Still waters. A traditional image for tranquility and also for meditation is that of a clear, calm, quiet lake or pond. It is a restful image, and one of the promises of God is to give us rest. A sabbath rest still remains for the people of God;  for those who enter God’s rest also cease from their labours  (Hebrews 4:9-10)  This is a rest which we shall enter into fully only in eternity yet even now we can partially experience it. And stillness in the presence of the Lord is one road by which we can enter into it. Ceasing from activity, from discursive thought, leaving aside our anxieties of the day and being still, placing ourselves before God in a patient, thankful waiting is such an experience of rest. The still waters too are a perfect mirror, they faithfully record what is above it. Our stillness is an opportunity to open ourselves to the image of the One who is above us, to become His mirror to reflect Him to Himself and to our neighbours and to carry that image with us wherever we may go.

Beside the still waters He restores my soul. The key factor is, of course, the shepherd. He could restore my soul any time He chose and in any place He chose. Yet our attention here is drawn to the combination of His work and the place where this takes place. The material setting plays a role in the spiritual regeneration. This is a fruit of the Incarnation, of God becoming Man. Material objects are not so many barriers to our spiritual awakening but rightly used and in the company of the Good Shepherd they can be so many superhighways precisely towards achieving it. The bread and wine of the Eucharist becomes not only the Body and Blood of God but His Soul and Divinity also and that not despite being material but because His Divine Spirit and His Body are inextricably and eternally linked as One. So, likewise material things, the sound of sacred music, the sight of sacred art, the cool shade of a lakeside arbour can be so many aids or helps to our Lord as He proceeds about the business of restoring our souls.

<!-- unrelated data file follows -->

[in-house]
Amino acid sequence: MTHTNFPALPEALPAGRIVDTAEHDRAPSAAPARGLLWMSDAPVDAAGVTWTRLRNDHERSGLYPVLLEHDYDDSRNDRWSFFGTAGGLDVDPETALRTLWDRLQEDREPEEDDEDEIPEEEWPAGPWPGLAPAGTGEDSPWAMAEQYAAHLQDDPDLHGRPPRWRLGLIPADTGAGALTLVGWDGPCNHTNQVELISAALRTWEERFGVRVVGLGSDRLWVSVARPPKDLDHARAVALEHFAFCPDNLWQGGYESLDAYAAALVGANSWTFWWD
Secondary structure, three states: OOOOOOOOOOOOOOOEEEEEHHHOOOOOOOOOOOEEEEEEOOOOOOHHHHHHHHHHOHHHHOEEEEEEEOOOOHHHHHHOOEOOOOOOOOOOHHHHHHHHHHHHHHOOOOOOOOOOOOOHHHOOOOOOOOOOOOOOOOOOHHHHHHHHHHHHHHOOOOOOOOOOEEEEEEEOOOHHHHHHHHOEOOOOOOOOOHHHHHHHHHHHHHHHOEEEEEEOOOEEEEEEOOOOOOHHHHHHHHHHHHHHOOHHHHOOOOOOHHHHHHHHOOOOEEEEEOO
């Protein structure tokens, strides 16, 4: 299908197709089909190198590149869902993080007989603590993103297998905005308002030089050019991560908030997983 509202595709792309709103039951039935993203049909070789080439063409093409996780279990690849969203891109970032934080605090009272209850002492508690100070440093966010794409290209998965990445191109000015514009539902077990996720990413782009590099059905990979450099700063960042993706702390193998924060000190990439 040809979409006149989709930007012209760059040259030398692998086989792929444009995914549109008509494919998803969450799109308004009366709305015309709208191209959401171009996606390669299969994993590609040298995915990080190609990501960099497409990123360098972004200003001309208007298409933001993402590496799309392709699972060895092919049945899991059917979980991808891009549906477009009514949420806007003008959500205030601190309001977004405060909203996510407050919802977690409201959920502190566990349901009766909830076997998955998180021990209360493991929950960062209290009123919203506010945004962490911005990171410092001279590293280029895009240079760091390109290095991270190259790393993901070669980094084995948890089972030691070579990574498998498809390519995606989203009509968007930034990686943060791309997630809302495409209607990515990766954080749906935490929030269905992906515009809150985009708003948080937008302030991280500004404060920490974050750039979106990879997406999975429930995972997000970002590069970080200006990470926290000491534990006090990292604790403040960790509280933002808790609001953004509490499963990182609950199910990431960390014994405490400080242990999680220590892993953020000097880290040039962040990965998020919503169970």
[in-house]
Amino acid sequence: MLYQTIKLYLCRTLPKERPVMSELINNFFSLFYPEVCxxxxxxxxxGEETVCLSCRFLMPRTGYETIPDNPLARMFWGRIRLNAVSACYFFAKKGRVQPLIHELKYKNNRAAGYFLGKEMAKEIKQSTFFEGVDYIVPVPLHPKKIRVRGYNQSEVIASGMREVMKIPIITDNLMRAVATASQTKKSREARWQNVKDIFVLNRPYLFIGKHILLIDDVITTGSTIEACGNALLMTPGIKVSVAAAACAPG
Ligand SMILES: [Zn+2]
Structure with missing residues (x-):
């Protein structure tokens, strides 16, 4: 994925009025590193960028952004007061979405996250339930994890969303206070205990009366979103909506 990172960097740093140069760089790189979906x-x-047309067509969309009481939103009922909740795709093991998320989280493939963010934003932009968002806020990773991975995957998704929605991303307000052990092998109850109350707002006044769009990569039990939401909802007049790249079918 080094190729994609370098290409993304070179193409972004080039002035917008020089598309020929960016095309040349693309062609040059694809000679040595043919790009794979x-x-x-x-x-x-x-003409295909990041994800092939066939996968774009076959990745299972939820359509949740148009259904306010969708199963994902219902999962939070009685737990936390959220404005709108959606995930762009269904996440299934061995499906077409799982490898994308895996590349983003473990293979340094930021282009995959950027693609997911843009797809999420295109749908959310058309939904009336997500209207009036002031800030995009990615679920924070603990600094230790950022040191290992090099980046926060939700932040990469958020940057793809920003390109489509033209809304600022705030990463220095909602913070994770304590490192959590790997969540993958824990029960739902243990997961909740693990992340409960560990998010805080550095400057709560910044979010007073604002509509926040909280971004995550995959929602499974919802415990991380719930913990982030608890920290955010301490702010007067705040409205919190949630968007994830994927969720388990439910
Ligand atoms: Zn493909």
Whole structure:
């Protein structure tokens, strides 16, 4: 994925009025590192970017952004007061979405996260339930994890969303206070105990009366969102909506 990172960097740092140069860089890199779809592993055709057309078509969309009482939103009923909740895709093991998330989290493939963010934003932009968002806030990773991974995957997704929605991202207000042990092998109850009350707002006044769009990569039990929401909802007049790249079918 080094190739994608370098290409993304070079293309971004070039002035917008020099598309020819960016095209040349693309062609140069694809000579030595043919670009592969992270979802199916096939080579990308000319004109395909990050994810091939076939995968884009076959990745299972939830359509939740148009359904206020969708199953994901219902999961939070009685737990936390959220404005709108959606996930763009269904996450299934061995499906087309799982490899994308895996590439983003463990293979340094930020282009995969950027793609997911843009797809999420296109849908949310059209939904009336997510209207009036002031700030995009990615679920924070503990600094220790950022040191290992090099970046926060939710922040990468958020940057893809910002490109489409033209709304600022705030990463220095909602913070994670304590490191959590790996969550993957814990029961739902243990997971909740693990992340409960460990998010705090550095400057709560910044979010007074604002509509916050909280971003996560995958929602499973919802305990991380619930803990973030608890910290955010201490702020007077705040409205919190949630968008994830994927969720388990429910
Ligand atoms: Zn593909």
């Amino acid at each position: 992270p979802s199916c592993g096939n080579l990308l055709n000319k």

He restores my soul. It is important to grasp this truth- We cannot heal ourselves. We can break ourselves, certainly, but we can't put ourselves back together again. Co-operating in our healing is necessary of course but it is not sufficient. Psalm 23 points us to the healer and gives us images of the healing. Recognising that we are lost is a good beginning to the process of being found. Without Him we cannot come to the waters, we will not find refreshment, our soul will not be restored. Unless we realise that we are thirsty we will not drink. Without Him we cannot know that the answer to our restlessness, our darkness, our pain is to be found in the water that streamed from His spear-pierced side on Calvary. The water that restores my soul is the water of baptism.

Restores. Restoration implies a return to a previous condition. When David talks about restoring the soul perhaps he had in mind a return to the pre-lapsarian condition of Adam and Eve, the story of whom is a useful vehicle for summarising Man's loss of innocence and subsequent  alienation from God. But we live in a new dispensation now. O Felix Culpa sings the Church, O Happy fault which won for us such a great Redeemer. Our second state is better than our first. If we accept Christ as Lord and Saviour then our condition is infinitely superior to that of our first parents. How much superior we can see above all others in the figure of Mary, the Mother of Jesus. If her Son is the New Adam then she is the New Eve. Jesus is superior to Adam by nature, He is Divine as well as human, Mary is superior to Eve by Grace, she is fully and only human. It is in the nature of things that every creature will have one among their number who is best of all that species and most fulfils the potential inherent in them all. So it is with Mary, she fulfils to the uttermost limits of fulfillment all that humans can be of compassion, love, gentleness and devotion to God and neighbour. She is that mirror which most clearly reflects the Son. She is us as we should be. She is the restored soul par excellence because more than restored, O felix culpa, and no one, no one, is closer to Jesus than she. If we would follow Him then we must stay close to her and we cannot go astray.